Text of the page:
The two sorts of hesychast ethics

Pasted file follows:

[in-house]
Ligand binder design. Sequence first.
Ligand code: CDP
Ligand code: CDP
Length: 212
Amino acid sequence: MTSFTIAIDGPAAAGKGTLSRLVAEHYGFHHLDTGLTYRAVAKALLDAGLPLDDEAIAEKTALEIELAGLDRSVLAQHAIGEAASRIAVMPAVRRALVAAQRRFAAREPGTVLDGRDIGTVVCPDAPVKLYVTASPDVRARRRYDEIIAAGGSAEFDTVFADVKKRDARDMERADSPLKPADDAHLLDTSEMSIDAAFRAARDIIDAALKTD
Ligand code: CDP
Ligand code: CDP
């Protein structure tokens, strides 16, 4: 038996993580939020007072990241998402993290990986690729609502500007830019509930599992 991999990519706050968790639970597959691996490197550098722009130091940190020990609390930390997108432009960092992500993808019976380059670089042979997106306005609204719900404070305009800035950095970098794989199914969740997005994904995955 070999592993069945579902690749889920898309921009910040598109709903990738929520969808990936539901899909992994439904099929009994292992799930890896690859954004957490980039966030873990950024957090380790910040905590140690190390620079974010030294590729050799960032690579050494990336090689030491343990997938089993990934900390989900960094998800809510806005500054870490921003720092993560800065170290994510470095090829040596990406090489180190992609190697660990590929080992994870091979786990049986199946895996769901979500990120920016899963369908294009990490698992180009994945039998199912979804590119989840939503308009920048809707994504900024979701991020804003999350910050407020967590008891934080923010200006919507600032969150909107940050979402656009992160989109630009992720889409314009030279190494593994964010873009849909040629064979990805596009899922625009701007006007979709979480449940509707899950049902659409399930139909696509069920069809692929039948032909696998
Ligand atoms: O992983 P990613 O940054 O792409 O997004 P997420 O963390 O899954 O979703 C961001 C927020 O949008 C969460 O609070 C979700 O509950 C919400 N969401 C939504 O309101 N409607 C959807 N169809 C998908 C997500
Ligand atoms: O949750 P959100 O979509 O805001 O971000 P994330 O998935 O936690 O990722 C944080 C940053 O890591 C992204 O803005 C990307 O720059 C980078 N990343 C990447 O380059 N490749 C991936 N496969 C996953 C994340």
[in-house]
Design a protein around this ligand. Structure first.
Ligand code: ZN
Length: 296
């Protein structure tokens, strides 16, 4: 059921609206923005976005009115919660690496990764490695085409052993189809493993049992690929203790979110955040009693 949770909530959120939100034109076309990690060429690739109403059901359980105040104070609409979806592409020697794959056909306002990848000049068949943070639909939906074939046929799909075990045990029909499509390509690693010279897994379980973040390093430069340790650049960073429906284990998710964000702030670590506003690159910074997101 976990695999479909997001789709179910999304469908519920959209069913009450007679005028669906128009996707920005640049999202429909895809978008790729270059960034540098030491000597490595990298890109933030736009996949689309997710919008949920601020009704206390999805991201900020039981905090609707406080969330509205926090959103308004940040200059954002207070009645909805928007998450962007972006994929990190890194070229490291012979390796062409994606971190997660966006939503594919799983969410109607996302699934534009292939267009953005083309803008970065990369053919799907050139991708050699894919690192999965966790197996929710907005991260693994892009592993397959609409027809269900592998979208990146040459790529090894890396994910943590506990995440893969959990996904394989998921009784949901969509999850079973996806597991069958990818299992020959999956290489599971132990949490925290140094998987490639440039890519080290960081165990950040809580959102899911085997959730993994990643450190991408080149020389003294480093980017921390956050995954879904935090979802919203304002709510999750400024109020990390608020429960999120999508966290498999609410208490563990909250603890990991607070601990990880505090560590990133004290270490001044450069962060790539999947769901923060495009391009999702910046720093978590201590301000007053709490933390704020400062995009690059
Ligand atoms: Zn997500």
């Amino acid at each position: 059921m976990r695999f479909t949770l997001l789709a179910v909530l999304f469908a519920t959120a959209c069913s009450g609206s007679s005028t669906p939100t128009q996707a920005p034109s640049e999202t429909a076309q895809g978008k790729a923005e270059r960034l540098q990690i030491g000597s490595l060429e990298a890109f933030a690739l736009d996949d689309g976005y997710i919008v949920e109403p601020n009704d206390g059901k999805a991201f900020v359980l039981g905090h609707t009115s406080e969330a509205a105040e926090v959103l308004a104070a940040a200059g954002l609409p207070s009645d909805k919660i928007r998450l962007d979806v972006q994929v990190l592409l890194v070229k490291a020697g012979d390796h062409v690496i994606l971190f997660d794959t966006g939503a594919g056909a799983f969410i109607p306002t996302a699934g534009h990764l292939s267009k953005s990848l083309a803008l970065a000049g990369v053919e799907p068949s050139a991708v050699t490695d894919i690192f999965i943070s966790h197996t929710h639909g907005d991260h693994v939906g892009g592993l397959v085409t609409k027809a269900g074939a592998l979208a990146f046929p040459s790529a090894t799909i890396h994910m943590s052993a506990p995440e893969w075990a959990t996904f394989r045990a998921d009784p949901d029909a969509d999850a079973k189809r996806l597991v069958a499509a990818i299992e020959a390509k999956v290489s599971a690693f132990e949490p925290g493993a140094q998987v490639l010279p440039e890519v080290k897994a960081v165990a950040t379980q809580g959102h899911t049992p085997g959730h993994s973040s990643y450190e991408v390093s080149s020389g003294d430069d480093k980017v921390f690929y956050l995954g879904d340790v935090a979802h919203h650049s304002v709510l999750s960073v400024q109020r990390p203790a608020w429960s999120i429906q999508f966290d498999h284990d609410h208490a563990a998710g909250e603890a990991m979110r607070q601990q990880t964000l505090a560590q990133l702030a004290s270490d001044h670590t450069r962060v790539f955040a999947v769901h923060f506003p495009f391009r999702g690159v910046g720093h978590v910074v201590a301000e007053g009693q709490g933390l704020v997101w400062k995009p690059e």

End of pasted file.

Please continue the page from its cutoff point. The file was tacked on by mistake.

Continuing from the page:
This article presents a systematic reconstruction of the original ethics created by the tradition of Orthodox hesychasm. Analysis reveals that the tradition has developed two very different kinds of ethics. At the formative stage of hesychast practice, an ascetic needs to concentrate entirely on his innermost self—hence “the ethics of the Flight,” of complete severance of ties with the outside world, individualistic ethics that rejects the common norms and principles of social life. At the later stage of mature hesychasm, however, addressing the world in order to offer it spiritual help and instruction becomes an important concern—thus emerges the distinctly altruistic “ethics of the Return.” Its prime example—the ethics of Russian eldership, starchestvo¹1. The ancient monastic tradition of “eldership,” the spiritual guidance of a beginner by an experienced ascetic called the elder (geron, in Greek; starets, in Russian), took in Russia in the nineteenth century a new form, the Russian eldership.View all notes based on the principles of Christ’s overabundant and supra-normative love—is given a detailed description. In the comparative aspect, the work discusses the relationship between hesychast ethics, the ethics of Stoicism, and the ethical theory of Emmanuel Levinas.